S&W’s .38-caliber, top-break, double-action Third Model revolver was introduced in 1884 and remained in production for 11 years, becoming one of the most prolific .38-caliber, double-action handguns in America, with a total production of over 203,000. The Fourth Model mainly featured mechanical improvements to the trigger mechanism, the availability of target sights with an adjustable rear sight, and available target grips. The Fourth Model was produced from 1895 to 1909, with sales totaling over 216,000 guns.

Almost a continuation of the Fourth Model, the fifth variation arrived in 1909 with barrel lengths as short as 11⁄2 inches along the standard lengths of 31⁄4, 4, 5 and 6 inches. The Fifth Model was short-lived, as S&W was about to introduce one of the most important design changes in its early history, the transitional Double Action Perfected, around 1909.

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Beyond Perfected

The .38-caliber Perfected was to be S&W’s last top-break and the only one to have an additional side thumb-piece release that had to be pressed forward in order to break open the action. While .32- and .38-caliber double-action revolvers were in high demand, it was anticipated S&W would be forthcoming with a .44-caliber double-action revolver, and that model arrived in 1881. Looking like a large .38-caliber S&W double action, the six-shot Frontier Model was chambered in .44 S&W Russian and .44-40 Winchester, with a small quantity produced in .38-40. The revolvers were offered with barrel lengths of 4, 5, 6 and 61⁄2 inches, had checkered hard rubber grips and were available in blued and nickel-plated finishes. Production continued through 1913.

Top-break sales lasted well into the early 20th century, by which time Smith & Wesson had introduced its first hand-ejector double-action revolvers, the Model 1896 chambered in .32 S&W Long. Also known as the .32 Hand Ejector First Model, it introduced a swing-out cylinder for loading. The six-shot revolvers were offered with 31⁄4-, 41⁄4- and 6-inch barrels from 1896 through 1903. The most unusual features of these First Model revolvers was the location of the cylinder stop in the topstrap, with the rear sight mount forward of the cylinder’s centerline. When the trigger was pulled to rotate the cylinder, or when the hammer was manually cocked, the topstrap (and thus the rear sight) raised slightly through the action of cylinder rotation.

The First Model (Triple Lock) and Second Model .44 Hand Ejector were introduced in 1908 and 1915, respectively, and featured solid frames, swing-out cylinders and used a thumb-piece release on the left side of the frame. The guns were available in calibers up to .45 Colt, including .44 S&W Special, .44 S&W Russian, .38-40 Win, .44-40 Win, .45 S&W Special and the British chamberings of .455 Mark II and .450 Eley.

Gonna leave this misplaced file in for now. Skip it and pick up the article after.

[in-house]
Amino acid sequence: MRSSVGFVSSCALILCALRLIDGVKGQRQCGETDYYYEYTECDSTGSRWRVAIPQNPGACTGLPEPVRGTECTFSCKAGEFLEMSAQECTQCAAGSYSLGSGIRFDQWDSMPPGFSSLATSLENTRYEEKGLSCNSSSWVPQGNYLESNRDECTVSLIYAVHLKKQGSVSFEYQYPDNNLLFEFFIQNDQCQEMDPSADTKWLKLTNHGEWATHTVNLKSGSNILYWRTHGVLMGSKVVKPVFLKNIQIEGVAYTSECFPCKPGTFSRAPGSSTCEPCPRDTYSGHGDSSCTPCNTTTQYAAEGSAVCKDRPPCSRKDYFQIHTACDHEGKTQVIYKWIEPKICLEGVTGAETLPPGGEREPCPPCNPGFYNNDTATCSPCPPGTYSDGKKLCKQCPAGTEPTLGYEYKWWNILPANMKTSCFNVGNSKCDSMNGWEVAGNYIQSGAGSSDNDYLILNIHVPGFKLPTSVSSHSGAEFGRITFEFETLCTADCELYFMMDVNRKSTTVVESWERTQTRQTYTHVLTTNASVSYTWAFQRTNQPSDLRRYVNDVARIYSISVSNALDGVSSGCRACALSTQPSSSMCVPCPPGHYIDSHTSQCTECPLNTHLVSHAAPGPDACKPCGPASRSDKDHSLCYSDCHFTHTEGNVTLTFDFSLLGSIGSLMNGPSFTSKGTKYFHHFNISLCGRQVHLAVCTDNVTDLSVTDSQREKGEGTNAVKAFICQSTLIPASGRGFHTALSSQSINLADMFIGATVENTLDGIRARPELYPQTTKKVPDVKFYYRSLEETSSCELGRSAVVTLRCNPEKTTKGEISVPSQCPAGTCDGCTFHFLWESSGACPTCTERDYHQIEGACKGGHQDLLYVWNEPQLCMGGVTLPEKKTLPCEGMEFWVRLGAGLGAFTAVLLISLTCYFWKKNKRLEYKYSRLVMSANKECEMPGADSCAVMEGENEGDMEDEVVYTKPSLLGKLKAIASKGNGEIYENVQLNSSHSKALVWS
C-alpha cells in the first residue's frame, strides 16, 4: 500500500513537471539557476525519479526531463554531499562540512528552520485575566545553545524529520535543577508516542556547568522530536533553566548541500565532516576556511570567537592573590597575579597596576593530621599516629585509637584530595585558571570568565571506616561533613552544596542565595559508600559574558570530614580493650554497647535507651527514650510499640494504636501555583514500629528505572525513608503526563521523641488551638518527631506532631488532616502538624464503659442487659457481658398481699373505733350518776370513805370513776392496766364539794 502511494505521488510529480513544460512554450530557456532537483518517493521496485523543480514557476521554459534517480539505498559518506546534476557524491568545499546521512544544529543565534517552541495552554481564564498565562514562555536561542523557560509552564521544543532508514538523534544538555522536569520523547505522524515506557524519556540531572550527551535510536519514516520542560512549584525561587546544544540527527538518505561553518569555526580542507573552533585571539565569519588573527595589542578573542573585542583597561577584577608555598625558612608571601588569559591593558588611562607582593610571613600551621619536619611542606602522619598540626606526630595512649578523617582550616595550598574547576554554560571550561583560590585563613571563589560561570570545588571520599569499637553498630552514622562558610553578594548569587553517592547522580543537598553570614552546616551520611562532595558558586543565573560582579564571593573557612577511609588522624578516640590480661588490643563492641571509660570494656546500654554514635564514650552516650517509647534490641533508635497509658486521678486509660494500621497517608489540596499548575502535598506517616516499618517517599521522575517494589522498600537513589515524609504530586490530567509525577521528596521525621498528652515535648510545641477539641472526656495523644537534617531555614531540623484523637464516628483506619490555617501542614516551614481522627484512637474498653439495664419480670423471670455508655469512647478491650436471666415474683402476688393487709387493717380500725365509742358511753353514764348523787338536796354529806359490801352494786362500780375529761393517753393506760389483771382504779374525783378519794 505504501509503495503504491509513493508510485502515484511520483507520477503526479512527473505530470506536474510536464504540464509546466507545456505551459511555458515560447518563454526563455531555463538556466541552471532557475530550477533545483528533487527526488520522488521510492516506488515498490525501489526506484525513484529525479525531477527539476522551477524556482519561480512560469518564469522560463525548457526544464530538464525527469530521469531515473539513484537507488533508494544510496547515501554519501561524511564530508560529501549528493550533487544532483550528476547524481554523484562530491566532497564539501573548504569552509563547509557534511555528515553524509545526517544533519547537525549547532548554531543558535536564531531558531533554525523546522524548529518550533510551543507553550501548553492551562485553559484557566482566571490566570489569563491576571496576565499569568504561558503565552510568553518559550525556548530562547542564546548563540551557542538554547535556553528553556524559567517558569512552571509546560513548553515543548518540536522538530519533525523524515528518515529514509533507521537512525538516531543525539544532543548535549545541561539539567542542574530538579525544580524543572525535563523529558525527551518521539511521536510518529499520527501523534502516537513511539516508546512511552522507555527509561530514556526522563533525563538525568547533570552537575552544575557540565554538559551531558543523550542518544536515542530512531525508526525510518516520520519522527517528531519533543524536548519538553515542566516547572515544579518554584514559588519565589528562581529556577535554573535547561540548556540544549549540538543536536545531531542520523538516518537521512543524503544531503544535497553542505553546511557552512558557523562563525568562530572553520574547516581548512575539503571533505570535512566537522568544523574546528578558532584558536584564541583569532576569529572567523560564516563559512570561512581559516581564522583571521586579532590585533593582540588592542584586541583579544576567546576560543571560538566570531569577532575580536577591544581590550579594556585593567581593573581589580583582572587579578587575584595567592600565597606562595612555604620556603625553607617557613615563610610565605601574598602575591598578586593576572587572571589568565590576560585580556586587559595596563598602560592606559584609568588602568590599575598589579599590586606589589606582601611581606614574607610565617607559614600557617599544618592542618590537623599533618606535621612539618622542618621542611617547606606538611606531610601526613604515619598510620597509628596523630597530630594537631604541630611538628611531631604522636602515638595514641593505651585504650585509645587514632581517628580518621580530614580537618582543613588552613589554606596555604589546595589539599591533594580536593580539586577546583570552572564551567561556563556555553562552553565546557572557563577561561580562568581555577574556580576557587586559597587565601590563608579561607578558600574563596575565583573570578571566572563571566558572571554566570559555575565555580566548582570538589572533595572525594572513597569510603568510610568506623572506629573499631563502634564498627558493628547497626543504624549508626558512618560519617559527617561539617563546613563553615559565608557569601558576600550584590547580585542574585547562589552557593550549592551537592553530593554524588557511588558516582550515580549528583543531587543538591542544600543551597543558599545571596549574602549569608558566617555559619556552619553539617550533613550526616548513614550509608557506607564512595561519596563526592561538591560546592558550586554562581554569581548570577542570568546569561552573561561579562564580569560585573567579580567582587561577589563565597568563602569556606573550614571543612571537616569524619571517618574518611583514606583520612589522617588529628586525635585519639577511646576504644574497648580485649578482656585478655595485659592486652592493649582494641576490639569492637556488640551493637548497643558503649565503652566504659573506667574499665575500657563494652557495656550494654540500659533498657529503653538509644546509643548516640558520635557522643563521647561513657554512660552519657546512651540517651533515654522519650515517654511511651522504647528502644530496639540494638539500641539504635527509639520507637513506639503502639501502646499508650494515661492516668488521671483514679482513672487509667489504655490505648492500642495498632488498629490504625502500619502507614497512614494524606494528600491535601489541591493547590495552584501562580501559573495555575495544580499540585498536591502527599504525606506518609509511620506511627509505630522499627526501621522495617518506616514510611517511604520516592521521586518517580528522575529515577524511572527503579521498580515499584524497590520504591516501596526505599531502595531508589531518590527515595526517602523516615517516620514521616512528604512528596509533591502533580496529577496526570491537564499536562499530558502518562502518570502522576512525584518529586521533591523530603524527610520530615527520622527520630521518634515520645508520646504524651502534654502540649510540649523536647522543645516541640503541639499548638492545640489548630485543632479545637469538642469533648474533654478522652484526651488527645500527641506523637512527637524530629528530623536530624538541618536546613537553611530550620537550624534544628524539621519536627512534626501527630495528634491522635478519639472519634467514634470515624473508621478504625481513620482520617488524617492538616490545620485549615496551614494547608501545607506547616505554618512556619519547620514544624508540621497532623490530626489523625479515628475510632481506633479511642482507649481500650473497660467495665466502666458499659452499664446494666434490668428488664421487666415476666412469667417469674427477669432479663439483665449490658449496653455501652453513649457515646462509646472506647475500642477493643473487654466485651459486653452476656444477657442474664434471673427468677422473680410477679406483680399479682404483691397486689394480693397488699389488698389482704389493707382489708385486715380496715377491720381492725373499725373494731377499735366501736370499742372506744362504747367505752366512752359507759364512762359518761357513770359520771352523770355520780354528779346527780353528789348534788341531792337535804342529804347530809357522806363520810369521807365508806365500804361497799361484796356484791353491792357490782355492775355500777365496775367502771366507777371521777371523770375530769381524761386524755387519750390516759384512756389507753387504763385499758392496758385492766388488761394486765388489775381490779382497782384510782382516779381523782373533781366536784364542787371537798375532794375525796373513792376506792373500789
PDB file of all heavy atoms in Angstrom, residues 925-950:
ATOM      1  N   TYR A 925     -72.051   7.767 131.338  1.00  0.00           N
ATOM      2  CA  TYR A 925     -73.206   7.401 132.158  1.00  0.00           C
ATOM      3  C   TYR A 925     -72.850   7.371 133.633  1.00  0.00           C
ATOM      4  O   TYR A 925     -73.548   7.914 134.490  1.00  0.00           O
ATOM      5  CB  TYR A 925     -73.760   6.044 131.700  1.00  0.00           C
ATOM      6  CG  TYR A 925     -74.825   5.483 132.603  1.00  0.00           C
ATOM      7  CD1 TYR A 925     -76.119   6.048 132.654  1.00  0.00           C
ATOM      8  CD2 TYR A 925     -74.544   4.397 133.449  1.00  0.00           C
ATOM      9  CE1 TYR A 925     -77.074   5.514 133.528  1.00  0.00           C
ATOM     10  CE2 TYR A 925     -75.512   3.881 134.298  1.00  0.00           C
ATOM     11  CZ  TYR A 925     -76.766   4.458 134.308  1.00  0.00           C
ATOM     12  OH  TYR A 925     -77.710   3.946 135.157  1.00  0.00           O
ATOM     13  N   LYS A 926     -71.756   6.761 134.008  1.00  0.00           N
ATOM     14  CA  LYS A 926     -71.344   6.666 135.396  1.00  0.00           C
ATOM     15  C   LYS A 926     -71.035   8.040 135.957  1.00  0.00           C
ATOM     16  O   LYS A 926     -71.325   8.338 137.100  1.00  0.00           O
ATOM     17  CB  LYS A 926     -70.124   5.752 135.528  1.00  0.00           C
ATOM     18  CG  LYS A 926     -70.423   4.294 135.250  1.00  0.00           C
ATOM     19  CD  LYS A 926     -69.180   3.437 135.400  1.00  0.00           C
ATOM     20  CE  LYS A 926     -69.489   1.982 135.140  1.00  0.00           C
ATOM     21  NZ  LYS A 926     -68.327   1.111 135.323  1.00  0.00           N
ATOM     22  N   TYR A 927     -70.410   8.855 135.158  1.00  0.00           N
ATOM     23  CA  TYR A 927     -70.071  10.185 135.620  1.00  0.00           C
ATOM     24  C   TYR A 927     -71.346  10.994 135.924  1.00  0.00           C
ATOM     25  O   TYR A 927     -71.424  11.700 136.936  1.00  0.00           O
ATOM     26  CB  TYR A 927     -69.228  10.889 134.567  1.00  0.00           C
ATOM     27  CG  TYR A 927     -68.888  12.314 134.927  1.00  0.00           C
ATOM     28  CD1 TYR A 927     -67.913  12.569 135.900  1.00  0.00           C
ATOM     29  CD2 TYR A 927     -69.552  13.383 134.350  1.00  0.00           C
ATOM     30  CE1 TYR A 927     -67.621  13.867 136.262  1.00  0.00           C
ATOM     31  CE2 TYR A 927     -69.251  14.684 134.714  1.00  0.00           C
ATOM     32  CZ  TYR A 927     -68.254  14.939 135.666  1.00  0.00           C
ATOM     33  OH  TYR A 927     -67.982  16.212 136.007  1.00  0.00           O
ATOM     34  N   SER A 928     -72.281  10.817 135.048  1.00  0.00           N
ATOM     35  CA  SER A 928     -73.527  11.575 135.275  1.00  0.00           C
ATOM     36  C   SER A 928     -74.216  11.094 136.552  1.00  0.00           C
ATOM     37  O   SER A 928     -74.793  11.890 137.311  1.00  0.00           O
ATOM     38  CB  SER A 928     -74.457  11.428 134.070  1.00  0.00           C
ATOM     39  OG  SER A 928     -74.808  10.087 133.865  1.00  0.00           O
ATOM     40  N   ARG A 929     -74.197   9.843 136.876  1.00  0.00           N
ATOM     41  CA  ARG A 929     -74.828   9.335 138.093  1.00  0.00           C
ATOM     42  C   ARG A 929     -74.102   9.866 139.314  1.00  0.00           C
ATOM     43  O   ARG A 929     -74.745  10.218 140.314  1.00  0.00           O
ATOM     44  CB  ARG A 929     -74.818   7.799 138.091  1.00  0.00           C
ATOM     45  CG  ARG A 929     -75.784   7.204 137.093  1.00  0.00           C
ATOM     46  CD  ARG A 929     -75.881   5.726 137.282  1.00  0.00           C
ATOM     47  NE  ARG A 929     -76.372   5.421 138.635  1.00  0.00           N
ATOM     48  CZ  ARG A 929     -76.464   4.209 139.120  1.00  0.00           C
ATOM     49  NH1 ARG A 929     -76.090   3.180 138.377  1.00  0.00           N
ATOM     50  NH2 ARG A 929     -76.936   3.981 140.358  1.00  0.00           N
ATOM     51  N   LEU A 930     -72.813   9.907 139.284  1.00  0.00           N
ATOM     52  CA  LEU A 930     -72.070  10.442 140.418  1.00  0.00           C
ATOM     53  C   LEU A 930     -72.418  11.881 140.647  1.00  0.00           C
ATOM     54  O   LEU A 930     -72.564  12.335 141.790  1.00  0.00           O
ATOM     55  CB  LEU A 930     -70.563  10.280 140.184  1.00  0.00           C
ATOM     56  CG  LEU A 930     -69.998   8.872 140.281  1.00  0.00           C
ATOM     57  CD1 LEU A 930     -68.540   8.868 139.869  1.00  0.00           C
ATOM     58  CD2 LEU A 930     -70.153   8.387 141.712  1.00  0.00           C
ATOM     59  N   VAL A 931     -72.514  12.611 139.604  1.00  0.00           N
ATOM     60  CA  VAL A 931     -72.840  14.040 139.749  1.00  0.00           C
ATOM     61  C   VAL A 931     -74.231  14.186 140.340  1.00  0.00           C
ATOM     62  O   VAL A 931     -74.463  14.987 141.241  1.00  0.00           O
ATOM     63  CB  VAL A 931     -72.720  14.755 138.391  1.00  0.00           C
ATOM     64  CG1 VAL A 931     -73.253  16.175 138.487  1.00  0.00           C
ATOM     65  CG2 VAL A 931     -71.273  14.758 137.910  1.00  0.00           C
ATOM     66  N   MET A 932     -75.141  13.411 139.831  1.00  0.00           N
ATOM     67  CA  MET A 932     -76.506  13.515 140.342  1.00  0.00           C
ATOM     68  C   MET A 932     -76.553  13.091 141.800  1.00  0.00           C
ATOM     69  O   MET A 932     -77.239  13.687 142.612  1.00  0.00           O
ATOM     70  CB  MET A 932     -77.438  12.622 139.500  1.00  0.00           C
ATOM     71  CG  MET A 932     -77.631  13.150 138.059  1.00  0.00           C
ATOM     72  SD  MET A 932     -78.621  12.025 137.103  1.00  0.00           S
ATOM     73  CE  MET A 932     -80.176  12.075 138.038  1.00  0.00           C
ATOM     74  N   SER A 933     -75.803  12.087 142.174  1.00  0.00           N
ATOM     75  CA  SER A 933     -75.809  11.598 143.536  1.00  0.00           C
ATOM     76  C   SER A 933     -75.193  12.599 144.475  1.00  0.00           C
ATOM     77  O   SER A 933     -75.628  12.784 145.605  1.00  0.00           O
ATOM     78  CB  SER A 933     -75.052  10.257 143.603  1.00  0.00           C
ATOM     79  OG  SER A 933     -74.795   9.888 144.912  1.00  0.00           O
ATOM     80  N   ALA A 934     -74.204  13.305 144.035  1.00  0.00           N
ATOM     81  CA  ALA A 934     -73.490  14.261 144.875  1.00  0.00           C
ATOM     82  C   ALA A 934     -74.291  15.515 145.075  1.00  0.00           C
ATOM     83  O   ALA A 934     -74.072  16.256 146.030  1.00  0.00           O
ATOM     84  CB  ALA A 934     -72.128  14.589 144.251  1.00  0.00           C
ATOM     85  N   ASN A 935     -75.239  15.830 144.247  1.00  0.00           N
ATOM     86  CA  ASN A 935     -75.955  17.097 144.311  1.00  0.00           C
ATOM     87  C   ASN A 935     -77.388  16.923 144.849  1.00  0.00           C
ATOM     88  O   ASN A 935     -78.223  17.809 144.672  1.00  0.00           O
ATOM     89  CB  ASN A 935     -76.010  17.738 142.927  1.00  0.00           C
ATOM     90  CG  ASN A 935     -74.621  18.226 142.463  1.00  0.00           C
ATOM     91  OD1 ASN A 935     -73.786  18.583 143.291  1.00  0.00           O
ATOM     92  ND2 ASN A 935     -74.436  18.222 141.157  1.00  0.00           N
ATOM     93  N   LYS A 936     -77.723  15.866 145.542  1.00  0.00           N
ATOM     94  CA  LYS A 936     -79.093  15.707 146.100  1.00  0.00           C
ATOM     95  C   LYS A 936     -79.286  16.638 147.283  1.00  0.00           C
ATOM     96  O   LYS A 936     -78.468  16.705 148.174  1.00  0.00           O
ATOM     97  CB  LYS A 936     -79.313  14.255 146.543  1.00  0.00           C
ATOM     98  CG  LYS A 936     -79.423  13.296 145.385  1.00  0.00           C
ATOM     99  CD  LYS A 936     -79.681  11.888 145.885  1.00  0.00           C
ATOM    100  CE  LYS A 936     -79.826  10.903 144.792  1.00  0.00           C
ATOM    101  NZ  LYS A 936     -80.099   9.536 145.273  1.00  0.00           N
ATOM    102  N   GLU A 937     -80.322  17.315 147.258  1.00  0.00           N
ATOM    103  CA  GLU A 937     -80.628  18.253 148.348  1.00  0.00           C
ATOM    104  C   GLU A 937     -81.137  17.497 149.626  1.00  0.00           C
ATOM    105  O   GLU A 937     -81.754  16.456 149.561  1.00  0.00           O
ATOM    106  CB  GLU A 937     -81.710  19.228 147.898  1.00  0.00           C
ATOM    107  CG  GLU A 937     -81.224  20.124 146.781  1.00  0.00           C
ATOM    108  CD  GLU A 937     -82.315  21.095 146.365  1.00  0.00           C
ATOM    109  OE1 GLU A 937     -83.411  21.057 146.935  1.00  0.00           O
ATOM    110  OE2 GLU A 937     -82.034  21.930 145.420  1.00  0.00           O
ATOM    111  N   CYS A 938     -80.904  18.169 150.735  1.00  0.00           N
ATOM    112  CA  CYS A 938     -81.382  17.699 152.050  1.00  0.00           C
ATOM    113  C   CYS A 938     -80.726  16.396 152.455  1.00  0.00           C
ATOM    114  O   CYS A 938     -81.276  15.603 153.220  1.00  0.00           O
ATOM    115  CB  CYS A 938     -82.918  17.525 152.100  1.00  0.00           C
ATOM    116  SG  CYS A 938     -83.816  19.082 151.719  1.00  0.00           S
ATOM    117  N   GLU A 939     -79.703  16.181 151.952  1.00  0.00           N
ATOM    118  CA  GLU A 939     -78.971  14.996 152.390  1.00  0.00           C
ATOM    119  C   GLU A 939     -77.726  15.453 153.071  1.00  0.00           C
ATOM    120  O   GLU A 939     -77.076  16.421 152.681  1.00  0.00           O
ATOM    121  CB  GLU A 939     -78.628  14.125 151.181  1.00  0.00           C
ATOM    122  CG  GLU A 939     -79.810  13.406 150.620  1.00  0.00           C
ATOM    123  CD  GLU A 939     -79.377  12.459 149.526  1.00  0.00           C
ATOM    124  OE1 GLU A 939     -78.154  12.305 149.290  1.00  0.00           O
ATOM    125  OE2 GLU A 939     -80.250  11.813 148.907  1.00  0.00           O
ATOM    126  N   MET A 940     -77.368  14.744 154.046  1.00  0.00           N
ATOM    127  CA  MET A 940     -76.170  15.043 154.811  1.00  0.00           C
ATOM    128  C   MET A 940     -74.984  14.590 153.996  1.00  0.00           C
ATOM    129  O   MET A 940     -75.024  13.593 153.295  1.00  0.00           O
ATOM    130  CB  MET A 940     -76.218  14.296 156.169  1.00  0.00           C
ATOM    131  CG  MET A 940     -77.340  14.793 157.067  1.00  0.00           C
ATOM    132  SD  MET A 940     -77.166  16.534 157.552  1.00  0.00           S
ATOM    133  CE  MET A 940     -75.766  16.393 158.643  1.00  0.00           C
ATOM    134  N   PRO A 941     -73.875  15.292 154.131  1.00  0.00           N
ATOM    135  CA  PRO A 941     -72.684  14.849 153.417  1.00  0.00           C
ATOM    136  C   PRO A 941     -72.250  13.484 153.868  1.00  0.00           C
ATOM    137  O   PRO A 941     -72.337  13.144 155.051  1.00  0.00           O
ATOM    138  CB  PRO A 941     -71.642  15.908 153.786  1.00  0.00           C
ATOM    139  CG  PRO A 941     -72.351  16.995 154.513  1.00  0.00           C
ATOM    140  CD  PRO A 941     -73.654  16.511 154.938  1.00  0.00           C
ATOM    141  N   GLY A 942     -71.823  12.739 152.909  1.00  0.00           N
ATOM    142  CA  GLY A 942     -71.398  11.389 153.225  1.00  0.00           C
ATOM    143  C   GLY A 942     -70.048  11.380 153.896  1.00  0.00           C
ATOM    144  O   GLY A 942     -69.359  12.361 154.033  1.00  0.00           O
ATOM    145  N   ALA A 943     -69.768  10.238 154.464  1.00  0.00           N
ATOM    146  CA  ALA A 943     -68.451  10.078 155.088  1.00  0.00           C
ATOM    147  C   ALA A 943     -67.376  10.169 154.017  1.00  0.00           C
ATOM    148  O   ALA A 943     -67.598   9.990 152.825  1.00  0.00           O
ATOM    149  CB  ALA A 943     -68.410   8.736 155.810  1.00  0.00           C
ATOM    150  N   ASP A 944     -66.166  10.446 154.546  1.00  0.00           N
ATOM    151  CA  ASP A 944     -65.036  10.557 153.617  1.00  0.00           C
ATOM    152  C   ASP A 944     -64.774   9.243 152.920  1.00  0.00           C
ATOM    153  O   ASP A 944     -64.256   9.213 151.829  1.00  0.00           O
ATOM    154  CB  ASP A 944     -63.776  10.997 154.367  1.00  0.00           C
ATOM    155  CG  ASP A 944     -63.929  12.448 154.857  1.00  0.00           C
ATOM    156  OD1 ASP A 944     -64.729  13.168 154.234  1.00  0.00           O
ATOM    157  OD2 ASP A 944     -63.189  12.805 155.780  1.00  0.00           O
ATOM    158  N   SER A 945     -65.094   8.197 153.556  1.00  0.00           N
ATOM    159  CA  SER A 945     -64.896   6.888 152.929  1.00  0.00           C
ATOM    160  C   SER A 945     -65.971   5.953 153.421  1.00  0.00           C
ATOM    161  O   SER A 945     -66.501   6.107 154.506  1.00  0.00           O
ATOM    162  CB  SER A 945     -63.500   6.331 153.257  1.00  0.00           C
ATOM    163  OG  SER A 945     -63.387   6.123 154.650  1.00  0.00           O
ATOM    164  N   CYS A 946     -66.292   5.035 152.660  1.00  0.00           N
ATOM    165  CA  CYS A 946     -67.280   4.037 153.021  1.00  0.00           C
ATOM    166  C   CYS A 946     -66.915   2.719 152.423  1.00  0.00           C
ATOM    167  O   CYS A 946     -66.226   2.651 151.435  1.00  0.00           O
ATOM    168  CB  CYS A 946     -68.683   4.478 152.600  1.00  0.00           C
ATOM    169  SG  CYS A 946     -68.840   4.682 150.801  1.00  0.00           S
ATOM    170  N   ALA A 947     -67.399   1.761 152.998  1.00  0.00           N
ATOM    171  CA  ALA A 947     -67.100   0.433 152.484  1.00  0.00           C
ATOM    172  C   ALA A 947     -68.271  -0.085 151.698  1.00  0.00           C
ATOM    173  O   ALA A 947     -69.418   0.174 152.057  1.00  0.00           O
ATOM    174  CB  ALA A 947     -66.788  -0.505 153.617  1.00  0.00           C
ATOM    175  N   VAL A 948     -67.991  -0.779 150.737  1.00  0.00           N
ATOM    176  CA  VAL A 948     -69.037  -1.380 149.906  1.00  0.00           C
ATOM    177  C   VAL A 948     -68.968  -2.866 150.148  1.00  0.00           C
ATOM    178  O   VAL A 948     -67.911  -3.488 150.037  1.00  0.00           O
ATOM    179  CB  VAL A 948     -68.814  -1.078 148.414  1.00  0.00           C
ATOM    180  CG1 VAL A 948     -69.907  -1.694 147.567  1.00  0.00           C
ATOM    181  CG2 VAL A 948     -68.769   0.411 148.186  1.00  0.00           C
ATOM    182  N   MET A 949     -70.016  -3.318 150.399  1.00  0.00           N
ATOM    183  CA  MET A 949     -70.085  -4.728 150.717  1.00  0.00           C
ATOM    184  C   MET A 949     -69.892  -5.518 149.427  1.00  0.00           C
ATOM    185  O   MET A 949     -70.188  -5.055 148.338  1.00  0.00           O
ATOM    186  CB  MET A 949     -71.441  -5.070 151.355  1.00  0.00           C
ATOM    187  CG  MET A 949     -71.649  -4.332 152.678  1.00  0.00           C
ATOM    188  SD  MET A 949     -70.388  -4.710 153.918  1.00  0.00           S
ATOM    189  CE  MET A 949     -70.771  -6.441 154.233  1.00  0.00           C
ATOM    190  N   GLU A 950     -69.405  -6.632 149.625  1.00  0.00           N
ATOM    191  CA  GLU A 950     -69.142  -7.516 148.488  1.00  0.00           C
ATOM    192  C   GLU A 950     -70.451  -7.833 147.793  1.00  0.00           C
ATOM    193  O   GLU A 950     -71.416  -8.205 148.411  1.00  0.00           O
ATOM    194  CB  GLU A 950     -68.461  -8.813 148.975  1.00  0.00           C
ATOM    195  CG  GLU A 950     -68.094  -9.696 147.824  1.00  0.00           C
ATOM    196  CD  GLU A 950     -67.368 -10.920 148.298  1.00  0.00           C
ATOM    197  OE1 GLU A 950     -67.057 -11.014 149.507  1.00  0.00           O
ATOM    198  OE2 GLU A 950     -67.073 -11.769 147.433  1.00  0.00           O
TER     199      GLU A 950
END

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Safety Hammerless

Not satisfied to rest on its very successful laurels, Smith & Wesson had ventured off into yet another direction in 1888 with an entirely different design for double-action revolvers, a gun that came to be known as the Safety Hammerless. The .32- and .38-caliber top-breaks were the work of Daniel B. Wesson and featured a backstrap-mounted safety bar, which, when depressed by firmly grasping the gun, made the double-action-only revolver operable. Without depressing the bar, the gun would not work. Wesson’s design allowed a fully loaded revolver to be carried without fear of an accidental discharge. The internal-hammer design had one other advantage: In a tight situation the gun could be fired from within a coat pocket without risk of a hammer spur or firing pin getting caught up. Between 1888 and 1940, Smith & Wesson sold more than half a million Safety Hammerless top-breaks, with over 240,000 chambered in .32 S&W and 261,000 in the more powerful .38 S&W caliber.

One reason Safety Hammerless models had continued to sell in the early 20th century was that they offered a shorter barrel length of 2 inches, compared to the shortest standard Hand Ejector barrel length of 31⁄4 inches. It wasn’t until 1915 that S&W began offering the .38 Military & Police Model with a 2-inch barrel.

By the early 20th century, S&W had come a long way from its first seven-shot rimfire pocket pistol, firmly establishing a reputation that has kept the company at the forefront of American arms-making since the days of the Civil War and the American West.

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This article originally published in the Fall 2015 issue of GUNS OF THE OLD WEST®, print and digital subscriptions to GUNS OF THE OLD WEST are available here.